luckyOC

Delmarva Fishin' Reports - August 2018

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Incredible!  No need for pics, I am sure it is imprinted in your mind. One question, did you drop off your anchor once you hooked up or were you fighting it anchored up the whole time and get fouled up in your anchor ball. 

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I anchored first because the channel I was near was deep and the current was moving to fast to drift fish, so when he first hit I was getting pulled against the current, didnt think of pulling the anchor, both hands were occupied loosening the drag a bit and supporting the rod, that's why my buddy paddled over to help. By the time he got to me the tarpon shot under the yak and it took all I had to keep upright lol, I told my buddy to just cut the line to the anchor but he was trying to cut it at a spot he could pull the anchor and hold onto it for me. As he was starting to cut the anchor rope it came up and rolled right of the front of the kayak I grabbed the leader and the line popped at the anchor line. The tarpon started to run and pulled the leader out of my hand.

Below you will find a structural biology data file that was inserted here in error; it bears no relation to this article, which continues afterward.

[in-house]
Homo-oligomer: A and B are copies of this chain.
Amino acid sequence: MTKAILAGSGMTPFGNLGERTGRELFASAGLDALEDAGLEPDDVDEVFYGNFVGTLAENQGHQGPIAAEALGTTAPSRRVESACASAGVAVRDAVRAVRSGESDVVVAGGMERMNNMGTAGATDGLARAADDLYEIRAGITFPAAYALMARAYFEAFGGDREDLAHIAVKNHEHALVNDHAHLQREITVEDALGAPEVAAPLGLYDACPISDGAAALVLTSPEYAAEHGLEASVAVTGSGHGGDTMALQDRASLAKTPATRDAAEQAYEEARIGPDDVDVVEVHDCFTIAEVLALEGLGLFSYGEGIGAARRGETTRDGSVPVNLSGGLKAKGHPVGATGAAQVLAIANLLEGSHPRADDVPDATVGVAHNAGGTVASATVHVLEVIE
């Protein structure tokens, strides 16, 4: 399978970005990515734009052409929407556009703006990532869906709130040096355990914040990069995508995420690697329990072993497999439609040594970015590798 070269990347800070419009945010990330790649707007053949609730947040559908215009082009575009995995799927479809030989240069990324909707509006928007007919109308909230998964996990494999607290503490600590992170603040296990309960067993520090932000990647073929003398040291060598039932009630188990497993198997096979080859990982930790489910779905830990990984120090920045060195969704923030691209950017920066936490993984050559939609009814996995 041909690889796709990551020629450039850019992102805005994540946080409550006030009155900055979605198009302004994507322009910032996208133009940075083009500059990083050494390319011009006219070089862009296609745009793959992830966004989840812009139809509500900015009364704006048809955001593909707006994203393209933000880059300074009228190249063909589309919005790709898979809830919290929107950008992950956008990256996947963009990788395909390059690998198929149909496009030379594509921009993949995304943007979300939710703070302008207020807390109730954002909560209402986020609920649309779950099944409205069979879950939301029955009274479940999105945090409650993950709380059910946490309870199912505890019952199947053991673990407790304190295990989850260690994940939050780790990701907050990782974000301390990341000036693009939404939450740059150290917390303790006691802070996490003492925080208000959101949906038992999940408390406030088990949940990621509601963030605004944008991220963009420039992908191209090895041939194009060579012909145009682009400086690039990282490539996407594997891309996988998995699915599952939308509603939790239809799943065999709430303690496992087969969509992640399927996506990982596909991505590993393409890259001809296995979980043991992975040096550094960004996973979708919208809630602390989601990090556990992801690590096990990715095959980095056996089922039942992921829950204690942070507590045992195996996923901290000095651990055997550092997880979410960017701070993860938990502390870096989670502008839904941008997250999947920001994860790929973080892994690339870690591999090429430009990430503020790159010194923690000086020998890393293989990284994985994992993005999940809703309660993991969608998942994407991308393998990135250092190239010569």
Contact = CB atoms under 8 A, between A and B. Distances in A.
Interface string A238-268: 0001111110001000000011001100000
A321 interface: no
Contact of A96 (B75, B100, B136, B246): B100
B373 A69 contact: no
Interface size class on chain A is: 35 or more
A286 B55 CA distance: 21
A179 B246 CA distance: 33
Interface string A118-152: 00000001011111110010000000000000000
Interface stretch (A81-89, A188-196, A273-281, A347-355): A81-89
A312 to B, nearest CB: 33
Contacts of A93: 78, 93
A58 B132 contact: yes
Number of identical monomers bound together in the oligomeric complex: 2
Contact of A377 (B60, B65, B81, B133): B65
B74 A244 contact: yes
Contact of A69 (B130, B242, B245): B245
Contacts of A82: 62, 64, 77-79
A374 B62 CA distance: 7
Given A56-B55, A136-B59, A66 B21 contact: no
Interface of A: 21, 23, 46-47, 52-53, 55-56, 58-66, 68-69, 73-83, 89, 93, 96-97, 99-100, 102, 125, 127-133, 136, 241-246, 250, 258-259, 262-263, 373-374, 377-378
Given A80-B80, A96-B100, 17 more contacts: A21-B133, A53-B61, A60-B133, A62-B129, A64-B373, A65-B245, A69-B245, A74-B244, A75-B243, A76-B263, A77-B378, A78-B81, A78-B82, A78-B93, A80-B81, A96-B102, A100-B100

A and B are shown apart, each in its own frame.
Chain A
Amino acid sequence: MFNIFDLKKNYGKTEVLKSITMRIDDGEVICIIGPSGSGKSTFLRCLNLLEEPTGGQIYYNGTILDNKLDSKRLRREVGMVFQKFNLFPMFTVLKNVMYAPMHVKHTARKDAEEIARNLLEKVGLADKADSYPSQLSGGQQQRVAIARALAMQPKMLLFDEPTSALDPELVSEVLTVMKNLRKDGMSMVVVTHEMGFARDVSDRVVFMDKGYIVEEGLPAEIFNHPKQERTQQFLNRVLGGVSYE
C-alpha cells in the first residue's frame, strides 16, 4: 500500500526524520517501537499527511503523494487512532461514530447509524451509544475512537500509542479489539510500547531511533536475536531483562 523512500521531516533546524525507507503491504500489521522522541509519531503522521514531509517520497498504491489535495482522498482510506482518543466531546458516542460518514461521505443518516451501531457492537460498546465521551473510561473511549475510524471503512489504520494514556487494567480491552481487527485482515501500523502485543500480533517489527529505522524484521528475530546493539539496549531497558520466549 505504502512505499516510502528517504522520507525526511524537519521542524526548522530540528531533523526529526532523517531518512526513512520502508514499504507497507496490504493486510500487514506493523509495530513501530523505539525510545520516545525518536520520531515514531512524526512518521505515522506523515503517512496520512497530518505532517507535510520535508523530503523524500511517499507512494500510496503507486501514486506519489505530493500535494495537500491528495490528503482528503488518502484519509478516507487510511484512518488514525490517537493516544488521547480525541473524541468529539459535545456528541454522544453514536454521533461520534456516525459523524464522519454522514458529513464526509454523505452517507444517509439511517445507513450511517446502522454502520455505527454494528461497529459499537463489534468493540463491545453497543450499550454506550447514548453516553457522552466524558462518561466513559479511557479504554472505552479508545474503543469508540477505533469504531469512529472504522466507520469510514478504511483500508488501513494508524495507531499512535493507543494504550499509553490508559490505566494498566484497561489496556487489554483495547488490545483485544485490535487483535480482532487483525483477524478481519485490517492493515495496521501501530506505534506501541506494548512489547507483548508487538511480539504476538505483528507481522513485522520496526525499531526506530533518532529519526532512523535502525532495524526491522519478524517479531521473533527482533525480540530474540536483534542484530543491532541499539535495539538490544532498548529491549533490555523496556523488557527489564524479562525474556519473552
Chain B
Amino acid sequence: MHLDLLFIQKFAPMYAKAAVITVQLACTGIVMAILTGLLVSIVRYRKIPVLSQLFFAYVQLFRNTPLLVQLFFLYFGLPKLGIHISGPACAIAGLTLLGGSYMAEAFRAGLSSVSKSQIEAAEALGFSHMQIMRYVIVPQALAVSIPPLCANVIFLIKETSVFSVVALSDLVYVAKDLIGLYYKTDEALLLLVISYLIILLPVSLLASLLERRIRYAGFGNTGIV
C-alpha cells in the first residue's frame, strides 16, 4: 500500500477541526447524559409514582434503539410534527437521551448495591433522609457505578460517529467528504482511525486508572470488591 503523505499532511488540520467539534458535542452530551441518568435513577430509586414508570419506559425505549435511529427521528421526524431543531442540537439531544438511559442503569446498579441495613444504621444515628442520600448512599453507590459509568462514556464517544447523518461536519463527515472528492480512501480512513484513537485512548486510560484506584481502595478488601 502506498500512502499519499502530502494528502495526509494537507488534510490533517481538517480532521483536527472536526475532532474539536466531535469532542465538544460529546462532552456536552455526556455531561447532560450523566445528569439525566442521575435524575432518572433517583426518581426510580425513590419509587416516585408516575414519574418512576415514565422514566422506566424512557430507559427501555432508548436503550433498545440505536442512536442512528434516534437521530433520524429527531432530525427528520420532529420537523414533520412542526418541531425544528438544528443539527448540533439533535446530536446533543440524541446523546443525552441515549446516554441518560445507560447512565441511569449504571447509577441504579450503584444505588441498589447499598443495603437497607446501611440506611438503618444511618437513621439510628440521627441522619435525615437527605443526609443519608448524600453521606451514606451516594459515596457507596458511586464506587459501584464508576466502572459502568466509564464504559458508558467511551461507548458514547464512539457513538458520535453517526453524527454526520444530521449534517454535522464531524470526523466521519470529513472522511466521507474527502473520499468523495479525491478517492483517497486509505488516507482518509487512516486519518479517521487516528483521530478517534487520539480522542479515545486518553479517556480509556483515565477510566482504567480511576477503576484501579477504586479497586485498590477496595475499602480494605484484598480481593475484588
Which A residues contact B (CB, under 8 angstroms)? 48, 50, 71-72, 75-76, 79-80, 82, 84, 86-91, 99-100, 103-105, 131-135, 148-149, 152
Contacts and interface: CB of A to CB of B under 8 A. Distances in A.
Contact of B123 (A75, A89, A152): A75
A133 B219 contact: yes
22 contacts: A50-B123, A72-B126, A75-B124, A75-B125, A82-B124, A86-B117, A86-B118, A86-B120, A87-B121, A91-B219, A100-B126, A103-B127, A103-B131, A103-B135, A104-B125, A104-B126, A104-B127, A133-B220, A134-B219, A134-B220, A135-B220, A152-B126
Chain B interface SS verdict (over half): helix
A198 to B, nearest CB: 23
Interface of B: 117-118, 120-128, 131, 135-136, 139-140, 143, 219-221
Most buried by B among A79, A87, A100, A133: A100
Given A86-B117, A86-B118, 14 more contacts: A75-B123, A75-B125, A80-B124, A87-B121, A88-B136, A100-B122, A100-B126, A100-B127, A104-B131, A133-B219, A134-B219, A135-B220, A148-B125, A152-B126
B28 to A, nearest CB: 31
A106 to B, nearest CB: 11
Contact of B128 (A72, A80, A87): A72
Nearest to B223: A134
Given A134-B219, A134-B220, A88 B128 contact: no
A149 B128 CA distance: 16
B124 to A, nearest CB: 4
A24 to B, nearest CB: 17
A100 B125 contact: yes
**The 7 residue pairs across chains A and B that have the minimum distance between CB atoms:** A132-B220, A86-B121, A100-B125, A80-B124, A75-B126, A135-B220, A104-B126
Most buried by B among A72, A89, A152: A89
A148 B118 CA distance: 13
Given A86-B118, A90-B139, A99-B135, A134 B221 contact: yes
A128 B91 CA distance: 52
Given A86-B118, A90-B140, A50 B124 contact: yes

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Great story.... I've long been interested in the southern ESVA tarpon bite. I've r ead the few articles and threads available. Tarpon, VA has a name for a reason I assume ;) Surprised you didn't end up with toothy critter on the cut bait.